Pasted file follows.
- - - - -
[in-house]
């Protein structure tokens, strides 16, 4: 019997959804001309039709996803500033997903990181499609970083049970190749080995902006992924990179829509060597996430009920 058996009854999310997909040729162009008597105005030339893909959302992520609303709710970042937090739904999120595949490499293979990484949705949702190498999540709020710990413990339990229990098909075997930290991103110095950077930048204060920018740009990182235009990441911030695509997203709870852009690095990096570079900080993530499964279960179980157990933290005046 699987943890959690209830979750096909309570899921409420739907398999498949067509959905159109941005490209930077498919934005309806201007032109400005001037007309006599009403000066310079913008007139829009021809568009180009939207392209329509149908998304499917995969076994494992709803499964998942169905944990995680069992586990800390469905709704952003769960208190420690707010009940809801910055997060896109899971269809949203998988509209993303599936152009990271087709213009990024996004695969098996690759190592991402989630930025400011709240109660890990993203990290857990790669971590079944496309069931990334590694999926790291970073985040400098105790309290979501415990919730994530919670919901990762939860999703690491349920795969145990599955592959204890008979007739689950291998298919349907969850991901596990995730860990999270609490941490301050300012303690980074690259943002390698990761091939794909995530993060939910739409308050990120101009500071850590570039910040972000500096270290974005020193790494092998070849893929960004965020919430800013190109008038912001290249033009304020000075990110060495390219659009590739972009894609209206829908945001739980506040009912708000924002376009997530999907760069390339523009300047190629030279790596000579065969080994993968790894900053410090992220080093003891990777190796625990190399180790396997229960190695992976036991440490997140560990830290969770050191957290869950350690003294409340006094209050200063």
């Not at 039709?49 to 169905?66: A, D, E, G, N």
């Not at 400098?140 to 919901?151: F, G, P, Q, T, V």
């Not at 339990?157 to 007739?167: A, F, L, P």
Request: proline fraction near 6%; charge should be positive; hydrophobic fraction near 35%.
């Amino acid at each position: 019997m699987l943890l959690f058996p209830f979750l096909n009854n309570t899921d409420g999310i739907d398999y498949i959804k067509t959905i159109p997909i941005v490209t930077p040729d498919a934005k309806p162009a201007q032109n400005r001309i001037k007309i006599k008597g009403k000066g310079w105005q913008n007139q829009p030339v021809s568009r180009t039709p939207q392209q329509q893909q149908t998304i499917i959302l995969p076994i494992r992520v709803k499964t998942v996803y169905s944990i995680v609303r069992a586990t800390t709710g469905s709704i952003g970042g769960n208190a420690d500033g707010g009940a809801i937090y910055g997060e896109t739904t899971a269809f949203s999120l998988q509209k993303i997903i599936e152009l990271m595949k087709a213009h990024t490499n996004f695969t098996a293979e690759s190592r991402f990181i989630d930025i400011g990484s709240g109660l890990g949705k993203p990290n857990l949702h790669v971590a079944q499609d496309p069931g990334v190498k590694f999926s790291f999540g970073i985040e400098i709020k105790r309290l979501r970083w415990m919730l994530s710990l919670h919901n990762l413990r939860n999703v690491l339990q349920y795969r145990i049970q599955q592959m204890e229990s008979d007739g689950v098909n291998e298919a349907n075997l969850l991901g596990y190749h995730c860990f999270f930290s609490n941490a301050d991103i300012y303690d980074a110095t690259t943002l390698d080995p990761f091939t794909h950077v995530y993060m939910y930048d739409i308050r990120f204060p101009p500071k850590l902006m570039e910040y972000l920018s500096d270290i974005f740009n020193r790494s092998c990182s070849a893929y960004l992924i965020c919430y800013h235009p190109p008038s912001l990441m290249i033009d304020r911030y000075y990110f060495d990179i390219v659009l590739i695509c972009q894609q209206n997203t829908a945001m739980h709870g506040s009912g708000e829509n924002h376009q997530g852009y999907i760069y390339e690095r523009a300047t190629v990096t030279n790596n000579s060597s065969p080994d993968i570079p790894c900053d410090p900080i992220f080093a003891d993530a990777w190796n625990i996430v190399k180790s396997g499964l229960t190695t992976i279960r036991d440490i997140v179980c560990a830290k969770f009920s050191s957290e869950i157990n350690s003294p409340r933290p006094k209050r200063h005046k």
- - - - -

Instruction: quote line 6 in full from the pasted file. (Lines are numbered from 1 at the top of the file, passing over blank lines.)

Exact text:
Request: proline fraction near 6%; charge should be positive; hydrophobic fraction near 35%.